What does ‘random’ look like?Posted: November 24, 2011 Filed under: Miscellaneous | Tags: cognitive illusion, Ed Purcell, gambler's fallacy, London Blitz, Poisson, statistics, Steven Jay Gould, Steven Pinker, The Better Angles of our Nature, Thomas Pynchon, Waitomo 8 Comments
The exhibit shows two seemingly similar patterns – but one of them is random and one isn’t. Can you tell which is which? More in a moment.
I’ve taken these plots from Steven Pinker’s new book, The better angels of our nature: why violence has declined. It’s in a Chapter titled The statistics of deadly quarrels where he discusses the statistical patterning of wars and takes a small detour into “a paradox of utility”, specifically our tendency to see randomness as regularity with little clustering.
This cognitive illusion has relevance to all disciplines but is of particular interest to anyone interested in spatial issues, as a couple of these examples show.
Professor Pinker, who’s a psychologist at Harvard, cites the example of the London blitz, when Londoners noticed a few sections of the city were hit by German V-2 rockets many times, while other parts were not hit at all:
They were convinced that the rockets were targeting particular kinds of neighborhoods. But when statisticians divided a map of London into small squares and counted the bomb strikes, they found that the strikes followed the distribution of a Poisson process—the bombs, in other words, were falling at random. The episode is depicted in Thomas Pynchon’s 1973 novel Gravity’s Rainbow, in which statistician Roger Mexico has correctly predicted the distribution of bomb strikes, though not their exact locations. Mexico has to deny that he is a psychic and fend off desperate demands for advice on where to hide
Another example is The Gambler’s Fallacy – the belief that after a long run of (say) heads, the next toss will be tails:
Tversky and Kahneman showed that people think that genuine sequences of coin flips (like TTHHTHTTTT) are fixed, because they have more long runs of heads or of tails than their intuitions allow, and they think that sequences that were jiggered to avoid long runs (like HTHTTHTHHT) are fair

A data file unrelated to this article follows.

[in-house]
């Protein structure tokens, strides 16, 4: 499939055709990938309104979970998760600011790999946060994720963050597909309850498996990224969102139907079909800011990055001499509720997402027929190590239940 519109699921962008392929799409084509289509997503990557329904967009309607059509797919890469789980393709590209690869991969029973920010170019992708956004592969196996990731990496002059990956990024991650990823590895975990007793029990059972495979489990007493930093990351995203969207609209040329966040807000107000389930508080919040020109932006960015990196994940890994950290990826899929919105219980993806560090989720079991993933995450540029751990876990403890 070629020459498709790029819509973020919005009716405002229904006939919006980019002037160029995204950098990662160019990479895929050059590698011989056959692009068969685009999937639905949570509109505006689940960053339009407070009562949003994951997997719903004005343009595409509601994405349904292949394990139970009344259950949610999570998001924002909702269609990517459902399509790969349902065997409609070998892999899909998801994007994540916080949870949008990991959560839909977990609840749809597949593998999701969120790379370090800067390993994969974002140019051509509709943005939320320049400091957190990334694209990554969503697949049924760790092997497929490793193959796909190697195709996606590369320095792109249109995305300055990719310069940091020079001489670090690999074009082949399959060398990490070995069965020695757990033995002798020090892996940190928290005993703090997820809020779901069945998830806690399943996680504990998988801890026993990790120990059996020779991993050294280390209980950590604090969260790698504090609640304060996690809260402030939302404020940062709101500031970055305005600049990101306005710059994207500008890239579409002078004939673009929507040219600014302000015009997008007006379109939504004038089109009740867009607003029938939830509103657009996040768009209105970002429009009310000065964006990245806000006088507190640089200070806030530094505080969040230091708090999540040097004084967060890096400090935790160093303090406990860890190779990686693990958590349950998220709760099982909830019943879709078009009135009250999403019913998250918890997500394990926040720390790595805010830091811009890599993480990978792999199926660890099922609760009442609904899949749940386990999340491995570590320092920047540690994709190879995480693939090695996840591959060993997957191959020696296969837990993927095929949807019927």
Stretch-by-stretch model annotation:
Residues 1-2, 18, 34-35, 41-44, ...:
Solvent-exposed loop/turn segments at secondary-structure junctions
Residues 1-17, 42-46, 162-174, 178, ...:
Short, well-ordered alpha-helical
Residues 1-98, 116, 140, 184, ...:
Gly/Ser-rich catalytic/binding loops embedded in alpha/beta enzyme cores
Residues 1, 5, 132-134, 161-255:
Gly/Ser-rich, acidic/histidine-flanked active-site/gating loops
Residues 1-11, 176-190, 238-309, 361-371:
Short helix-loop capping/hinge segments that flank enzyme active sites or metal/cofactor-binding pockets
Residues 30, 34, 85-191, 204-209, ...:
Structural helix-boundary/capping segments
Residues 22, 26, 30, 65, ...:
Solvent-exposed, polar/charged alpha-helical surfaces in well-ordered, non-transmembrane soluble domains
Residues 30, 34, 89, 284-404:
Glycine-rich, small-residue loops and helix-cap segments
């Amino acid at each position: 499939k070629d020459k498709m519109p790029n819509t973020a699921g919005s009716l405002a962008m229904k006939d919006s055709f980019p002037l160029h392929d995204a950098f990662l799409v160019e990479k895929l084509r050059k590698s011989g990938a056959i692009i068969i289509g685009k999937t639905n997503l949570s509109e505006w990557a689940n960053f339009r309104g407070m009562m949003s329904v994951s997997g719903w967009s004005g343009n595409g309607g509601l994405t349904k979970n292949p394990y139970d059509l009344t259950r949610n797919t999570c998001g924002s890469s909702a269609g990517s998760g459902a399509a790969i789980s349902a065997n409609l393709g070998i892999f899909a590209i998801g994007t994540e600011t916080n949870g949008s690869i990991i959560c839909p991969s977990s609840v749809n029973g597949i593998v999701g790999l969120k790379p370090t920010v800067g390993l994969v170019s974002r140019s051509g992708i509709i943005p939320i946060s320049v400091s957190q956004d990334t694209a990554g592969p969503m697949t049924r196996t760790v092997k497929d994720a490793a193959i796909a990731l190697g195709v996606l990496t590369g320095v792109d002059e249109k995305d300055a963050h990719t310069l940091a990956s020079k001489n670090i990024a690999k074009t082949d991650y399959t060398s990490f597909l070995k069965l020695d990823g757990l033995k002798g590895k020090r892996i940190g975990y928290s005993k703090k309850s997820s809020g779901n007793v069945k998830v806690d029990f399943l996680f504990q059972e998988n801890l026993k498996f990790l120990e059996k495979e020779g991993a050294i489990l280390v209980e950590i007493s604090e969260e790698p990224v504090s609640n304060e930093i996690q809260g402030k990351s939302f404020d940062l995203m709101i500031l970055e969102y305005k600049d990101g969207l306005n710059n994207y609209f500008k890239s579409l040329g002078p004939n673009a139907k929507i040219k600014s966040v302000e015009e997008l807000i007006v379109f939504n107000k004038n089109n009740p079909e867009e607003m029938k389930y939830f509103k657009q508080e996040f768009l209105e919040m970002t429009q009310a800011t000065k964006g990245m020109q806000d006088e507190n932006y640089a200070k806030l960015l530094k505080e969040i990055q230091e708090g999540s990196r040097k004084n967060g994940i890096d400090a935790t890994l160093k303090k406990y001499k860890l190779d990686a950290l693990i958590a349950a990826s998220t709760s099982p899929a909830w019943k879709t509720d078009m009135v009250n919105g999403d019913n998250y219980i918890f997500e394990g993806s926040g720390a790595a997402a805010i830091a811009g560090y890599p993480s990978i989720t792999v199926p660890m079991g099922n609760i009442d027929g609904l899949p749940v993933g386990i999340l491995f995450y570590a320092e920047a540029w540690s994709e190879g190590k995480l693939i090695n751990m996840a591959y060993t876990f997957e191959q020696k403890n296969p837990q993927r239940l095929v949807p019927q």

The exhibit above shows a simulated plot of the stars on the left. On the right it shows the pattern made by glow worms on the ceiling of the famous Waitomo caves, New Zealand. The stars show constellation-like forms but the virtual planetarium produced by the glow worms is relatively uniform.
That’s because glow worms are gluttonous and inclined to eat anything that comes within snatching distance, so they keep their distance from each other and end up relatively evenly spaced i.e. non-randomly. Says Pinker:
The one on the left, with the clumps, strands, voids, and filaments (and perhaps, depending on your obsessions, animals, nudes, or Virgin Marys) is the array that was plotted at random, like stars. The one on the right, which seems to be haphazard, is the array whose positions were nudged apart, like glowworms
Thus random events will occur in clusters, because “it would take a non-random process to space them out. The human mind has great difficulty appreciating this law of probability”.
By the way, this is an interesting book. As summarised by Peter Singer in his review for the New York Times, “the central thesis of “Better Angels” is that our era is less violent, less cruel and more peaceful than any previous period of human existence:
The decline in violence holds for violence in the family, in neighborhoods, between tribes and between states. People living now are less likely to meet a violent death, or to suffer from violence or cruelty at the hands of others, than people living in any previous century.
Even if you don’t buy his big thesis, this is a fascinating journey through the history of civilisation, philosophy, psychology, and much more.